Recent data1 highlighted the association between income and longevity in the United States, particularly the increasing differences during 2001 through 2014 in life expectancies for people in the top 5% range of household income compared with those in the bottom 5%. However, as Woolf and Purnell2 note in their Editorial, these results depend on removing potential effects of race on mortality, especially the consequences of segregation, discrimination, and unequal resource distribution. It is important to know that income and longevity are associated, but addressing how this association contributes to health disparities and using this information to formulate public policy is impossible without considering the role of race differences.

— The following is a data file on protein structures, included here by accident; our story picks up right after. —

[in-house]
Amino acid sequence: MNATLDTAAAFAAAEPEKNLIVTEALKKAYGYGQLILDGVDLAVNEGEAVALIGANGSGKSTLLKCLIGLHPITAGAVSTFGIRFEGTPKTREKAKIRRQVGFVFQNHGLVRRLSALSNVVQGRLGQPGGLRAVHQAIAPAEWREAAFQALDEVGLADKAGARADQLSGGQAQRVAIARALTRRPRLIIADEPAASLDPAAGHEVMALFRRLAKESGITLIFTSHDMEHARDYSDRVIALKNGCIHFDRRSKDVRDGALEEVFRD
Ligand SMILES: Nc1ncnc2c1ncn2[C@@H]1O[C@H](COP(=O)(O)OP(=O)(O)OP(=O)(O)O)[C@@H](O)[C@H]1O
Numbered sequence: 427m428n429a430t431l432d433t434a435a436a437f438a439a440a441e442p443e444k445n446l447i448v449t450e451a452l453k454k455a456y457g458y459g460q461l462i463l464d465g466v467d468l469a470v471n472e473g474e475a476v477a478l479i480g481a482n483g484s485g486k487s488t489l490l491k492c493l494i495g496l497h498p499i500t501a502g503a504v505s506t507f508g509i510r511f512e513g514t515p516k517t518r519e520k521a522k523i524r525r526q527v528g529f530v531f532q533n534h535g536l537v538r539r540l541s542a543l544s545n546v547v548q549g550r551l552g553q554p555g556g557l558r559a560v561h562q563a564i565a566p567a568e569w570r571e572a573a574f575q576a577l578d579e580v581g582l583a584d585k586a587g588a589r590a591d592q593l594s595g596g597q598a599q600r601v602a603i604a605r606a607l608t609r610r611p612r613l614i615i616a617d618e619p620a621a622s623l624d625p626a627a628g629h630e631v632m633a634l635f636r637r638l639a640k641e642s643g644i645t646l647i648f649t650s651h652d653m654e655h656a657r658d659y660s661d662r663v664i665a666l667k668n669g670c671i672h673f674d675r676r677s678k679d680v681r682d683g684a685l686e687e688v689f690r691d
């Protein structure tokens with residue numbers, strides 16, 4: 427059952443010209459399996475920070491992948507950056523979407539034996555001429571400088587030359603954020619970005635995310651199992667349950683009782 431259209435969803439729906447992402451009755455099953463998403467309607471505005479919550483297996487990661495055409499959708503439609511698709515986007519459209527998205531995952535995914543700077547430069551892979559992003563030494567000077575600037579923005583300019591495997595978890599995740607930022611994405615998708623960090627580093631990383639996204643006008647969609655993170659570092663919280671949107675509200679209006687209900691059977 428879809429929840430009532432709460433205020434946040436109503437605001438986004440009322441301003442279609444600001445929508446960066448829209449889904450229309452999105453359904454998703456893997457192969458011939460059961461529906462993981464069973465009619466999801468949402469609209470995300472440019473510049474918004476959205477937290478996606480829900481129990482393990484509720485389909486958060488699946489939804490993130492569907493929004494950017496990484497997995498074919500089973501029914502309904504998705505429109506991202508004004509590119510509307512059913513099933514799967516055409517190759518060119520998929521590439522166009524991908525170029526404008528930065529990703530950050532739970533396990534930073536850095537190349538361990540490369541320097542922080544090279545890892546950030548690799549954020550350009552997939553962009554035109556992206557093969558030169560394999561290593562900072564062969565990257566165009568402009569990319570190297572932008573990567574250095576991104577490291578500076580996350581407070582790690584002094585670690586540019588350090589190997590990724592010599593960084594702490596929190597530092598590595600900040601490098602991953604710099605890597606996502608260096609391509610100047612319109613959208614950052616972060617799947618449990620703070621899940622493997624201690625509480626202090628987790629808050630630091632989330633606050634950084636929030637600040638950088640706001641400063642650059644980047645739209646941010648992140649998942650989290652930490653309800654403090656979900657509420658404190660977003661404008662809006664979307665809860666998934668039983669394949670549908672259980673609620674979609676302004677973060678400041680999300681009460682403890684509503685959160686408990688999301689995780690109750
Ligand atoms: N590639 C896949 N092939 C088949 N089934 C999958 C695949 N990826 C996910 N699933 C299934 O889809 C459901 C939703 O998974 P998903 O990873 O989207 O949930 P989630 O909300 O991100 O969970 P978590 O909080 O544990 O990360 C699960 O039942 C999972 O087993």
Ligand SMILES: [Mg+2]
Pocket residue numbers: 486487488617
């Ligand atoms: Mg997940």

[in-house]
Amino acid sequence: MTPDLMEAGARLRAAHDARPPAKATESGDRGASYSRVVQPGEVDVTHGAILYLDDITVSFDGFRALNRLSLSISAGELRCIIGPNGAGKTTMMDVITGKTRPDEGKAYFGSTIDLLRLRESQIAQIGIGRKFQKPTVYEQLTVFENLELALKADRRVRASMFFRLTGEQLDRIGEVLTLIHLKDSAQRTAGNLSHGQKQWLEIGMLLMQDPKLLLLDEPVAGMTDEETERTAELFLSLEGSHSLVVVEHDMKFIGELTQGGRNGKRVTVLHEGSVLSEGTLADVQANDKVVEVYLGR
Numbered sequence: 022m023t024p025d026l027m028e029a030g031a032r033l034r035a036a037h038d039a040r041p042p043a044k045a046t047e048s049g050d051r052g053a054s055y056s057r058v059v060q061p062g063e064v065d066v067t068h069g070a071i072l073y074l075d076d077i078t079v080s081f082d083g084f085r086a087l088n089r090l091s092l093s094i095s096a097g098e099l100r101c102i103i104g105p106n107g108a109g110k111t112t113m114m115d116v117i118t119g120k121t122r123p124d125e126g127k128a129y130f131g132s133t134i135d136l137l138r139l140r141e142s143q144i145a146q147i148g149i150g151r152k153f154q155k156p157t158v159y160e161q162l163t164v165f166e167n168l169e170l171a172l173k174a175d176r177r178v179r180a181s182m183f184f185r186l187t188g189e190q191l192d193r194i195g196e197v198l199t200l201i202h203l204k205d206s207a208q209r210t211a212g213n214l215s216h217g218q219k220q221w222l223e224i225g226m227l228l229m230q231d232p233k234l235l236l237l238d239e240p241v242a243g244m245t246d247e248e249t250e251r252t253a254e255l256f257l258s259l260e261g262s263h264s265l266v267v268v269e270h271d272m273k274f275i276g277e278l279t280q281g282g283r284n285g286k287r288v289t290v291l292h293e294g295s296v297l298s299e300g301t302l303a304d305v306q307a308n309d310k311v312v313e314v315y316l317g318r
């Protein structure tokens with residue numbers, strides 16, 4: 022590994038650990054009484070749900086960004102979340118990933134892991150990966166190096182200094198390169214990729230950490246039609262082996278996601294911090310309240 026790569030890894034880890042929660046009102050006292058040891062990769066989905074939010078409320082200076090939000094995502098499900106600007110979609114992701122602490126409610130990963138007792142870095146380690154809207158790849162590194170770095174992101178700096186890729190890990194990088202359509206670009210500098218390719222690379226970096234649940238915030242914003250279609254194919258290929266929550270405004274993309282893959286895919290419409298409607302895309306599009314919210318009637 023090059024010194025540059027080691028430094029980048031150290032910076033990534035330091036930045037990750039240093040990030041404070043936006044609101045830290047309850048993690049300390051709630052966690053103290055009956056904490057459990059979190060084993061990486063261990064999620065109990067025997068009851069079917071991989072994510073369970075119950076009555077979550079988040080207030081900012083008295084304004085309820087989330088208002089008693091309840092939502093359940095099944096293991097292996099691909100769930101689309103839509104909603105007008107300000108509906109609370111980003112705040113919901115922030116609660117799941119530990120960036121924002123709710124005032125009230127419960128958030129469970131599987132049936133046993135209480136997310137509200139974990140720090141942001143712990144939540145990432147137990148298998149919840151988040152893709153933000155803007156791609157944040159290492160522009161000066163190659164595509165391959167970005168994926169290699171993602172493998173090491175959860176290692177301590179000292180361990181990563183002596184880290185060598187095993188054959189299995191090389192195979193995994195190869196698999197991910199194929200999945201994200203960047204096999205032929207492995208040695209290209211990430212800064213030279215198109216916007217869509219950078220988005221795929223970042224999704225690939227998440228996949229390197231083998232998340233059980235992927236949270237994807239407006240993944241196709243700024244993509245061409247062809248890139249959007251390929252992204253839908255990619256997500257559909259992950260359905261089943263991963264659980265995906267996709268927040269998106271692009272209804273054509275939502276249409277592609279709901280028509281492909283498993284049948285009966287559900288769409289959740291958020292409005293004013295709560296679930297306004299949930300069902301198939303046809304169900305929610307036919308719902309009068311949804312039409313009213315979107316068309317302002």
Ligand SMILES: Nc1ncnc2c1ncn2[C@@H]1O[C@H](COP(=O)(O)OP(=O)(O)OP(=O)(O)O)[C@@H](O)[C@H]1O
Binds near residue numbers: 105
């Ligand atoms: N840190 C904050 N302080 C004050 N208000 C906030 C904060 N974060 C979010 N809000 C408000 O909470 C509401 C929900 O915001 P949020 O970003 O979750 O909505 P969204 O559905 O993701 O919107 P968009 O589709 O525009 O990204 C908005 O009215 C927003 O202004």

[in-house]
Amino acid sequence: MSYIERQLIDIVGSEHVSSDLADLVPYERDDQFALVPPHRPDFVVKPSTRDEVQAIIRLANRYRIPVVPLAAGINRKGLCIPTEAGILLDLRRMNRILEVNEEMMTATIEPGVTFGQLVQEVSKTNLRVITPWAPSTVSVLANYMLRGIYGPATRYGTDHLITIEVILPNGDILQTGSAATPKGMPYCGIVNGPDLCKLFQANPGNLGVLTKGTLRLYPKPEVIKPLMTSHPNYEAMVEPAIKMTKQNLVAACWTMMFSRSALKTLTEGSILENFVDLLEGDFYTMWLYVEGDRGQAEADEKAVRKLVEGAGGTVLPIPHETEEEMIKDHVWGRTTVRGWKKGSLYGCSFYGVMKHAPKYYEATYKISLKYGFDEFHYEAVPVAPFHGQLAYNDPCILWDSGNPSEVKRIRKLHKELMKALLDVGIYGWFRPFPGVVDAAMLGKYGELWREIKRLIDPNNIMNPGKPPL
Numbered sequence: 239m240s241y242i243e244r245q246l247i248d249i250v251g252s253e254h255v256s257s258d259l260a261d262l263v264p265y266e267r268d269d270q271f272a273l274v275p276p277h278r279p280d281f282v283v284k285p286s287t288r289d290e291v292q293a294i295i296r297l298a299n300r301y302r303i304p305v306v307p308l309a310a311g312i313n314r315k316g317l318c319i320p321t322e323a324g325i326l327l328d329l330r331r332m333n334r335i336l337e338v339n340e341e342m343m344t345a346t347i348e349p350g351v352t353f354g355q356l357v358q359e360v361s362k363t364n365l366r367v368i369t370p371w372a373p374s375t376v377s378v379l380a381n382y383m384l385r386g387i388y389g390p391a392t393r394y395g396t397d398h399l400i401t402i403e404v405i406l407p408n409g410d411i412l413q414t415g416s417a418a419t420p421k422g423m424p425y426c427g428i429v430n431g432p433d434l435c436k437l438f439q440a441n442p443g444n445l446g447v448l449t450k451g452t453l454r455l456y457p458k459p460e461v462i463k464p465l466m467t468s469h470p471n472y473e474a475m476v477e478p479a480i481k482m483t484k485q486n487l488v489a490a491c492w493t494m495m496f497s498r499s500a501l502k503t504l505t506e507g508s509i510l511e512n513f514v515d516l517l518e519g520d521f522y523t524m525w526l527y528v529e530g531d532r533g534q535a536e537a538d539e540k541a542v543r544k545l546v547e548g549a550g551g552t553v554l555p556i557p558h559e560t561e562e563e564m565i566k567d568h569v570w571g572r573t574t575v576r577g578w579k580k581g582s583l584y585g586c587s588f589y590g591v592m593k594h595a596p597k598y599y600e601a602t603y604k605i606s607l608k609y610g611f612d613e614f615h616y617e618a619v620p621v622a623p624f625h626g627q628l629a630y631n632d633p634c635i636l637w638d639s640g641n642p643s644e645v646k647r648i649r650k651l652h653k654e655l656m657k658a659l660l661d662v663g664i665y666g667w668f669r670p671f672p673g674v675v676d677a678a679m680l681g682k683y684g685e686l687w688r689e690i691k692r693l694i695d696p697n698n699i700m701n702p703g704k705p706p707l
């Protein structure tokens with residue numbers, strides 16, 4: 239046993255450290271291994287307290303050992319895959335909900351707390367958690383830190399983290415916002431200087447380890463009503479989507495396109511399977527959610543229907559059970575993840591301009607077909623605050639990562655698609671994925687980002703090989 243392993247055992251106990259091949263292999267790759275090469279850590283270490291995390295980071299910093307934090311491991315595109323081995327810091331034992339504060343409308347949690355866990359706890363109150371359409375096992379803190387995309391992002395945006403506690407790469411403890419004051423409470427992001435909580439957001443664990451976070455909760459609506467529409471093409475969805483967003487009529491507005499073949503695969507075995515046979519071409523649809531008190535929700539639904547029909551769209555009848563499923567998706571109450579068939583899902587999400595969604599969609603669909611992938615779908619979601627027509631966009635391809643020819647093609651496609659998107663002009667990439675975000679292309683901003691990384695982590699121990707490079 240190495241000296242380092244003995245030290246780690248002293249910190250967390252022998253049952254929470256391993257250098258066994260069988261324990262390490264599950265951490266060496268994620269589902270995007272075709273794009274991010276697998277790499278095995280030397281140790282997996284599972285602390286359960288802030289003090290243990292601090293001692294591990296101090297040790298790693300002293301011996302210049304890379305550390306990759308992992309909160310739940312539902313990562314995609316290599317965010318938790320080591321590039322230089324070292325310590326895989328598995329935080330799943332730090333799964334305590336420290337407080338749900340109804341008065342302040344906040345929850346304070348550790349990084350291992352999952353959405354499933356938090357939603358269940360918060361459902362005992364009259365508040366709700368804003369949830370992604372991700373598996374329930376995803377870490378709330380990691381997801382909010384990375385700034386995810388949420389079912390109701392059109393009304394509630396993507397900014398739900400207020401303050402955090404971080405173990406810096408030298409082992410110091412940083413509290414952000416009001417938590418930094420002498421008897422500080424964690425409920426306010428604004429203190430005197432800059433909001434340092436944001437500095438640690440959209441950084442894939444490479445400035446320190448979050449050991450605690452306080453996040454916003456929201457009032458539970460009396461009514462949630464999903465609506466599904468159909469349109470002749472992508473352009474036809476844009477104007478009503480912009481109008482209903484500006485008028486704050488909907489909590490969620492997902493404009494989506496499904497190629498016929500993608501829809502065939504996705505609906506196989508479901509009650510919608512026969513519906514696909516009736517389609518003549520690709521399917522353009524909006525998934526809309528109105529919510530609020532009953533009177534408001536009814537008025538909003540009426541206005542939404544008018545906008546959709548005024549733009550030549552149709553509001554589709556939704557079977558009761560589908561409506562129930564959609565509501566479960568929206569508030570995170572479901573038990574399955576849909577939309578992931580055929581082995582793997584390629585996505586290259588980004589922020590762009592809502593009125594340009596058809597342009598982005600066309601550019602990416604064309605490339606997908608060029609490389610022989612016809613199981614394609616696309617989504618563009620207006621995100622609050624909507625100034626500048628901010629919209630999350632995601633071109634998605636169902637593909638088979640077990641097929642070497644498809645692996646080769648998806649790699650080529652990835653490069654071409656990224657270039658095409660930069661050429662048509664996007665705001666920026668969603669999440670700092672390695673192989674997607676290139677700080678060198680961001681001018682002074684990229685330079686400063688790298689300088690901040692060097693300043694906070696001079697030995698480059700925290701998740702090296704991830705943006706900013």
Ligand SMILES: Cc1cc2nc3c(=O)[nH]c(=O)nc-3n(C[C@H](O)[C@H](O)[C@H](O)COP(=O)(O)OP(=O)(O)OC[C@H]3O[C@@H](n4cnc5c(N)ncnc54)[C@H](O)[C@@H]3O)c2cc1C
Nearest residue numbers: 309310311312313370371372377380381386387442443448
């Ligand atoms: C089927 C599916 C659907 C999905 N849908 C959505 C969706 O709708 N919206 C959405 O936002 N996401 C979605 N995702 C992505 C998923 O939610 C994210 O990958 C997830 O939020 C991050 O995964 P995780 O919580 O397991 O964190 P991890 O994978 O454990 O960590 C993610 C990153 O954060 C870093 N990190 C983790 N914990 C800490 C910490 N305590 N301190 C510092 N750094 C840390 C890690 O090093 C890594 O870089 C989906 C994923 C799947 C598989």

Zonderman AB, Mode NA, Ejiogu N, Evans MK. Race and Poverty Status as a Risk for Overall Mortality in Community-Dwelling Middle-Aged Adults. JAMA Intern Med. 2016;176(9):1394-1395. doi:10.1001/jamainternmed.2016.3649